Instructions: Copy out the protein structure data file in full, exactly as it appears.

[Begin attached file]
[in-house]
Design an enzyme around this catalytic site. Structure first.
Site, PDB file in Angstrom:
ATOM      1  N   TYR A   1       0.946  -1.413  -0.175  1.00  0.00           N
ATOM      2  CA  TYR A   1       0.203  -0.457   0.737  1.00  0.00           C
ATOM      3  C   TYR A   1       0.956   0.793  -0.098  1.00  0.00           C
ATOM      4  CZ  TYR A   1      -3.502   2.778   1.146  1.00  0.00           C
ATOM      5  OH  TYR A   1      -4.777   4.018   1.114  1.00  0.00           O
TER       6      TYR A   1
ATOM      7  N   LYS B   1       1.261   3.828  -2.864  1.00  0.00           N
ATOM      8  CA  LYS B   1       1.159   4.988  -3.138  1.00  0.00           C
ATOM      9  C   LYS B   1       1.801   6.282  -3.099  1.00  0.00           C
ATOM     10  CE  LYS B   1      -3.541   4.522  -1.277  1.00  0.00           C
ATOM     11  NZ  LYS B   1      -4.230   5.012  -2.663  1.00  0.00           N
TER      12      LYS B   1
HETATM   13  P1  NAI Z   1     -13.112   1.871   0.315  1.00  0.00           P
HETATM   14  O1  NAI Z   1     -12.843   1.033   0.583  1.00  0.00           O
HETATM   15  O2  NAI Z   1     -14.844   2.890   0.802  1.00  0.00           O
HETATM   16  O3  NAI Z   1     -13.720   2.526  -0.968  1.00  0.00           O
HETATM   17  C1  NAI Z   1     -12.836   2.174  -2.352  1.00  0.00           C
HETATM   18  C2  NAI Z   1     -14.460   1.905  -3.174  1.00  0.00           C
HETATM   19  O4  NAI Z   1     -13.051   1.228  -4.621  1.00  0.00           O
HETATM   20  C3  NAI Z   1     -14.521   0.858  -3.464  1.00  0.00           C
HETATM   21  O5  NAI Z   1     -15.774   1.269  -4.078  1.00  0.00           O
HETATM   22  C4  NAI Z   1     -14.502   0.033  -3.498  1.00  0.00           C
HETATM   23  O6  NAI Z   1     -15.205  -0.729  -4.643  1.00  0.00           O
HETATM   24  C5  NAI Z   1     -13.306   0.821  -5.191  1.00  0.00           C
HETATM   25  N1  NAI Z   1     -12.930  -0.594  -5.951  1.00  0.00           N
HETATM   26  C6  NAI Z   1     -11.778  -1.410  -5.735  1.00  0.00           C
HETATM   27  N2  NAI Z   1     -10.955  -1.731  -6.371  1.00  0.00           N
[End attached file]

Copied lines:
[in-house]
Design an enzyme around this catalytic site. Structure first.
Site, PDB file in Angstrom:
ATOM      1  N   TYR A   1       0.946  -1.413  -0.175  1.00  0.00           N
ATOM      2  CA  TYR A   1       0.203  -0.457   0.737  1.00  0.00           C
ATOM      3  C   TYR A   1       0.956   0.793  -0.098  1.00  0.00           C
ATOM      4  CZ  TYR A   1      -3.502   2.778   1.146  1.00  0.00           C
ATOM      5  OH  TYR A   1      -4.777   4.018   1.114  1.00  0.00           O
TER       6      TYR A   1
ATOM      7  N   LYS B   1       1.261   3.828  -2.864  1.00  0.00           N
ATOM      8  CA  LYS B   1       1.159   4.988  -3.138  1.00  0.00           C
ATOM      9  C   LYS B   1       1.801   6.282  -3.099  1.00  0.00           C
ATOM     10  CE  LYS B   1      -3.541   4.522  -1.277  1.00  0.00           C
ATOM     11  NZ  LYS B   1      -4.230   5.012  -2.663  1.00  0.00           N
TER      12      LYS B   1
HETATM   13  P1  NAI Z   1     -13.112   1.871   0.315  1.00  0.00           P
HETATM   14  O1  NAI Z   1     -12.843   1.033   0.583  1.00  0.00           O
HETATM   15  O2  NAI Z   1     -14.844   2.890   0.802  1.00  0.00           O
HETATM   16  O3  NAI Z   1     -13.720   2.526  -0.968  1.00  0.00           O
HETATM   17  C1  NAI Z   1     -12.836   2.174  -2.352  1.00  0.00           C
HETATM   18  C2  NAI Z   1     -14.460   1.905  -3.174  1.00  0.00           C
HETATM   19  O4  NAI Z   1     -13.051   1.228  -4.621  1.00  0.00           O
HETATM   20  C3  NAI Z   1     -14.521   0.858  -3.464  1.00  0.00           C
HETATM   21  O5  NAI Z   1     -15.774   1.269  -4.078  1.00  0.00           O
HETATM   22  C4  NAI Z   1     -14.502   0.033  -3.498  1.00  0.00           C
HETATM   23  O6  NAI Z   1     -15.205  -0.729  -4.643  1.00  0.00           O
HETATM   24  C5  NAI Z   1     -13.306   0.821  -5.191  1.00  0.00           C
HETATM   25  N1  NAI Z   1     -12.930  -0.594  -5.951  1.00  0.00           N
HETATM   26  C6  NAI Z   1     -11.778  -1.410  -5.735  1.00  0.00           C
HETATM   27  N2  NAI Z   1     -10.955  -1.731  -6.371  1.00  0.00           N